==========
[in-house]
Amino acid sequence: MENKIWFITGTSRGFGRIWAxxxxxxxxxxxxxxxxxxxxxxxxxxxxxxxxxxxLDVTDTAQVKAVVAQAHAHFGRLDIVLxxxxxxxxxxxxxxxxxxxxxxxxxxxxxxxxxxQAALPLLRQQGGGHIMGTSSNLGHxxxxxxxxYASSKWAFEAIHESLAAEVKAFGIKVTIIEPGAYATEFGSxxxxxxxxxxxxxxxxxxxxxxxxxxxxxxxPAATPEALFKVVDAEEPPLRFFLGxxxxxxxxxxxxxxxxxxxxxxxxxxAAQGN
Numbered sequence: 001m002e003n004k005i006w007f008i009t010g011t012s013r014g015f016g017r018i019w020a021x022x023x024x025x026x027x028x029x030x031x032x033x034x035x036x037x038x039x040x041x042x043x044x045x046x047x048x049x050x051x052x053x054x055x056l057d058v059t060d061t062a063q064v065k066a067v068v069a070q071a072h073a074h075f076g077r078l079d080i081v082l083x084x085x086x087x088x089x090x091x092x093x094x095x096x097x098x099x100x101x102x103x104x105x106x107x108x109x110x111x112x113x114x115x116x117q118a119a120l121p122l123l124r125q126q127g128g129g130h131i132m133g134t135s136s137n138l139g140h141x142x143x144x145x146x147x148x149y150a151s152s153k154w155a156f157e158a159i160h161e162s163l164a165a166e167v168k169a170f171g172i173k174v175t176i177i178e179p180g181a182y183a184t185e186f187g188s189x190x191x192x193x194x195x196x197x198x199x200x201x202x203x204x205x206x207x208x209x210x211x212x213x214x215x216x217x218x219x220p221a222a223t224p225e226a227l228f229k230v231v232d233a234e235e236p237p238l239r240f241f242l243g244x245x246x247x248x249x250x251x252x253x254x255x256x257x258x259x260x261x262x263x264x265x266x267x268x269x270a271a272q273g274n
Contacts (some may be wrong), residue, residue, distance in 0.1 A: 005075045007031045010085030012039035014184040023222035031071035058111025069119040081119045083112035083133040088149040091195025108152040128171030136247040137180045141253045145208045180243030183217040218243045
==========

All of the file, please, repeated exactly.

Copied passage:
[in-house]
Amino acid sequence: MENKIWFITGTSRGFGRIWAxxxxxxxxxxxxxxxxxxxxxxxxxxxxxxxxxxxLDVTDTAQVKAVVAQAHAHFGRLDIVLxxxxxxxxxxxxxxxxxxxxxxxxxxxxxxxxxxQAALPLLRQQGGGHIMGTSSNLGHxxxxxxxxYASSKWAFEAIHESLAAEVKAFGIKVTIIEPGAYATEFGSxxxxxxxxxxxxxxxxxxxxxxxxxxxxxxxPAATPEALFKVVDAEEPPLRFFLGxxxxxxxxxxxxxxxxxxxxxxxxxxAAQGN
Numbered sequence: 001m002e003n004k005i006w007f008i009t010g011t012s013r014g015f016g017r018i019w020a021x022x023x024x025x026x027x028x029x030x031x032x033x034x035x036x037x038x039x040x041x042x043x044x045x046x047x048x049x050x051x052x053x054x055x056l057d058v059t060d061t062a063q064v065k066a067v068v069a070q071a072h073a074h075f076g077r078l079d080i081v082l083x084x085x086x087x088x089x090x091x092x093x094x095x096x097x098x099x100x101x102x103x104x105x106x107x108x109x110x111x112x113x114x115x116x117q118a119a120l121p122l123l124r125q126q127g128g129g130h131i132m133g134t135s136s137n138l139g140h141x142x143x144x145x146x147x148x149y150a151s152s153k154w155a156f157e158a159i160h161e162s163l164a165a166e167v168k169a170f171g172i173k174v175t176i177i178e179p180g181a182y183a184t185e186f187g188s189x190x191x192x193x194x195x196x197x198x199x200x201x202x203x204x205x206x207x208x209x210x211x212x213x214x215x216x217x218x219x220p221a222a223t224p225e226a227l228f229k230v231v232d233a234e235e236p237p238l239r240f241f242l243g244x245x246x247x248x249x250x251x252x253x254x255x256x257x258x259x260x261x262x263x264x265x266x267x268x269x270a271a272q273g274n
Contacts (some may be wrong), residue, residue, distance in 0.1 A: 005075045007031045010085030012039035014184040023222035031071035058111025069119040081119045083112035083133040088149040091195025108152040128171030136247040137180045141253045145208045180243030183217040218243045